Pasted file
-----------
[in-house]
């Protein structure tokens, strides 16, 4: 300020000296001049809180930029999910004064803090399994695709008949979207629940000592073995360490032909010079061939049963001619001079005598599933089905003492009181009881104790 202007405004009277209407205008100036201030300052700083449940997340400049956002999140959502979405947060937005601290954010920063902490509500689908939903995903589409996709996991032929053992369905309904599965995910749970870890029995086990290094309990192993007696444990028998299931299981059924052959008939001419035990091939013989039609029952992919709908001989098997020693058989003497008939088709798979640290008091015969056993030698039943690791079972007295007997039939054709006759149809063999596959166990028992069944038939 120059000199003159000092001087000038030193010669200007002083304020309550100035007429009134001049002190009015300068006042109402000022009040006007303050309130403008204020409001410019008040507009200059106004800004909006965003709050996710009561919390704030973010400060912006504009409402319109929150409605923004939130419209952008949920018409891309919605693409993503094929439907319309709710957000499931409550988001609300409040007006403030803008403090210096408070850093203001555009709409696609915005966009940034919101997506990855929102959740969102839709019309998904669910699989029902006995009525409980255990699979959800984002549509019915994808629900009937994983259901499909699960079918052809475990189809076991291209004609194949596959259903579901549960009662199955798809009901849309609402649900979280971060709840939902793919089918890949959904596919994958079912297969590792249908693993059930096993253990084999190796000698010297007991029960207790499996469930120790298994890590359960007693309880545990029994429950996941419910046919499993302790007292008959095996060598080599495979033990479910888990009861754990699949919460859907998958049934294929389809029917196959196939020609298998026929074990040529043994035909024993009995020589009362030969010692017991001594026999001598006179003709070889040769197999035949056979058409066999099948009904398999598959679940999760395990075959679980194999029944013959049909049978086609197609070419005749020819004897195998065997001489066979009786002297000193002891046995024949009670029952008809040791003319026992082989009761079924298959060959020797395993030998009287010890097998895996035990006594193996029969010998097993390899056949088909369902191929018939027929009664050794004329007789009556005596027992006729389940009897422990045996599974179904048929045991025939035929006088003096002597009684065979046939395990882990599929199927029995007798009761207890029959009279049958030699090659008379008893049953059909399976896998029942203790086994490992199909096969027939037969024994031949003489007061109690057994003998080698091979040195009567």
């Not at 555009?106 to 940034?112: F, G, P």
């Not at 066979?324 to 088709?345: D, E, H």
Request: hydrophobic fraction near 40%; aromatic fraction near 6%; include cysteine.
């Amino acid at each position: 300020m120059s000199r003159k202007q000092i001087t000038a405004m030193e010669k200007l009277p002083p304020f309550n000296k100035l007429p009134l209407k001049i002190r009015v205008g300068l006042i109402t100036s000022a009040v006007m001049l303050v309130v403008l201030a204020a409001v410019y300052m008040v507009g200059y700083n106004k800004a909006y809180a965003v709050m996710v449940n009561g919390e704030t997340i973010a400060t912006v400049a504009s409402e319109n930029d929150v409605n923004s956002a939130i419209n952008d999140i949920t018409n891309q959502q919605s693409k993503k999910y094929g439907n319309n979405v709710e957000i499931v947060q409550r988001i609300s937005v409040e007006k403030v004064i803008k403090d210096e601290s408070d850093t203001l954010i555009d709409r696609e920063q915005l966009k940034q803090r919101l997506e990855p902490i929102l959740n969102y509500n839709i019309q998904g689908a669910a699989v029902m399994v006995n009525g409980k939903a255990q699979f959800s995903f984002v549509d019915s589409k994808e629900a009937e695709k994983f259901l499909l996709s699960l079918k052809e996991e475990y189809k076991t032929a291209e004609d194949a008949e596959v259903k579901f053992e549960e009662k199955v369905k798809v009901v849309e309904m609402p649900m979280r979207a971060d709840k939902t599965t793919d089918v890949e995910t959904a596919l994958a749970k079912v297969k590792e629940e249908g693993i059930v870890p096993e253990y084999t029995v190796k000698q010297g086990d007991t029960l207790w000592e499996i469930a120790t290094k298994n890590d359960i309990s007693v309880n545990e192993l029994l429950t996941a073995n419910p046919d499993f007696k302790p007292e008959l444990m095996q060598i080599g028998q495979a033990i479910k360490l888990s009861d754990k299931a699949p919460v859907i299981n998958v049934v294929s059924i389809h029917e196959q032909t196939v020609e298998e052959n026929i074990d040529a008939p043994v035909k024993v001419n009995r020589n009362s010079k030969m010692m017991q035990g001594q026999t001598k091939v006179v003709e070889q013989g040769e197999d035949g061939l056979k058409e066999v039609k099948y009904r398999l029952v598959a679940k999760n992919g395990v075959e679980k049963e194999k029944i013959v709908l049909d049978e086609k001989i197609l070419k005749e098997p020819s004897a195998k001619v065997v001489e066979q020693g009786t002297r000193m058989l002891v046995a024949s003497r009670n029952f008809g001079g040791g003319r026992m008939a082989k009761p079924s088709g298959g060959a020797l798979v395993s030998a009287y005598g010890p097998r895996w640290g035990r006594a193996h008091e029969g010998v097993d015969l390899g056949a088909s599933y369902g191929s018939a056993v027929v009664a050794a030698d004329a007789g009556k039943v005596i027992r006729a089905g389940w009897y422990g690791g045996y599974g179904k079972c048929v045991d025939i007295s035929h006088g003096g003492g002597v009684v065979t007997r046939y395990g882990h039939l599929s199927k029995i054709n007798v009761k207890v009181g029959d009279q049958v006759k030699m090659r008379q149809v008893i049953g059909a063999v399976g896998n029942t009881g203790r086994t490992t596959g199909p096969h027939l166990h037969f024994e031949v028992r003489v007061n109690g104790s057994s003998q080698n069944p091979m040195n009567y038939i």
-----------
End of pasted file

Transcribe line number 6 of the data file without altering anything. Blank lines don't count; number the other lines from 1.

């Amino acid at each position: 300020m120059s000199r003159k202007q000092i001087t000038a405004m030193e010669k200007l009277p002083p304020f309550n000296k100035l007429p009134l209407k001049i002190r009015v205008g300068l006042i109402t100036s000022a009040v006007m001049l303050v309130v403008l201030a204020a409001v410019y300052m008040v507009g200059y700083n106004k800004a909006y809180a965003v709050m996710v449940n009561g919390e704030t997340i973010a400060t912006v400049a504009s409402e319109n930029d929150v409605n923004s956002a939130i419209n952008d999140i949920t018409n891309q959502q919605s693409k993503k999910y094929g439907n319309n979405v709710e957000i499931v947060q409550r988001i609300s937005v409040e007006k403030v004064i803008k403090d210096e601290s408070d850093t203001l954010i555009d709409r696609e920063q915005l966009k940034q803090r919101l997506e990855p902490i929102l959740n969102y509500n839709i019309q998904g689908a669910a699989v029902m399994v006995n009525g409980k939903a255990q699979f959800s995903f984002v549509d019915s589409k994808e629900a009937e695709k994983f259901l499909l996709s699960l079918k052809e996991e475990y189809k076991t032929a291209e004609d194949a008949e596959v259903k579901f053992e549960e009662k199955v369905k798809v009901v849309e309904m609402p649900m979280r979207a971060d709840k939902t599965t793919d089918v890949e995910t959904a596919l994958a749970k079912v297969k590792e629940e249908g693993i059930v870890p096993e253990y084999t029995v190796k000698q010297g086990d007991t029960l207790w000592e499996i469930a120790t290094k298994n890590d359960i309990s007693v309880n545990e192993l029994l429950t996941a073995n419910p046919d499993f007696k302790p007292e008959l444990m095996q060598i080599g028998q495979a033990i479910k360490l888990s009861d754990k299931a699949p919460v859907i299981n998958v049934v294929s059924i389809h029917e196959q032909t196939v020609e298998e052959n026929i074990d040529a008939p043994v035909k024993v001419n009995r020589n009362s010079k030969m010692m017991q035990g001594q026999t001598k091939v006179v003709e070889q013989g040769e197999d035949g061939l056979k058409e066999v039609k099948y009904r398999l029952v598959a679940k999760n992919g395990v075959e679980k049963e194999k029944i013959v709908l049909d049978e086609k001989i197609l070419k005749e098997p020819s004897a195998k001619v065997v001489e066979q020693g009786t002297r000193m058989l002891v046995a024949s003497r009670n029952f008809g001079g040791g003319r026992m008939a082989k009761p079924s088709g298959g060959a020797l798979v395993s030998a009287y005598g010890p097998r895996w640290g035990r006594a193996h008091e029969g010998v097993d015969l390899g056949a088909s599933y369902g191929s018939a056993v027929v009664a050794a030698d004329a007789g009556k039943v005596i027992r006729a089905g389940w009897y422990g690791g045996y599974g179904k079972c048929v045991d025939i007295s035929h006088g003096g003492g002597v009684v065979t007997r046939y395990g882990h039939l599929s199927k029995i054709n007798v009761k207890v009181g029959d009279q049958v006759k030699m090659r008379q149809v008893i049953g059909a063999v399976g896998n029942t009881g203790r086994t490992t596959g199909p096969h027939l166990h037969f024994e031949v028992r003489v007061n109690g104790s057994s003998q080698n069944p091979m040195n009567y038939i």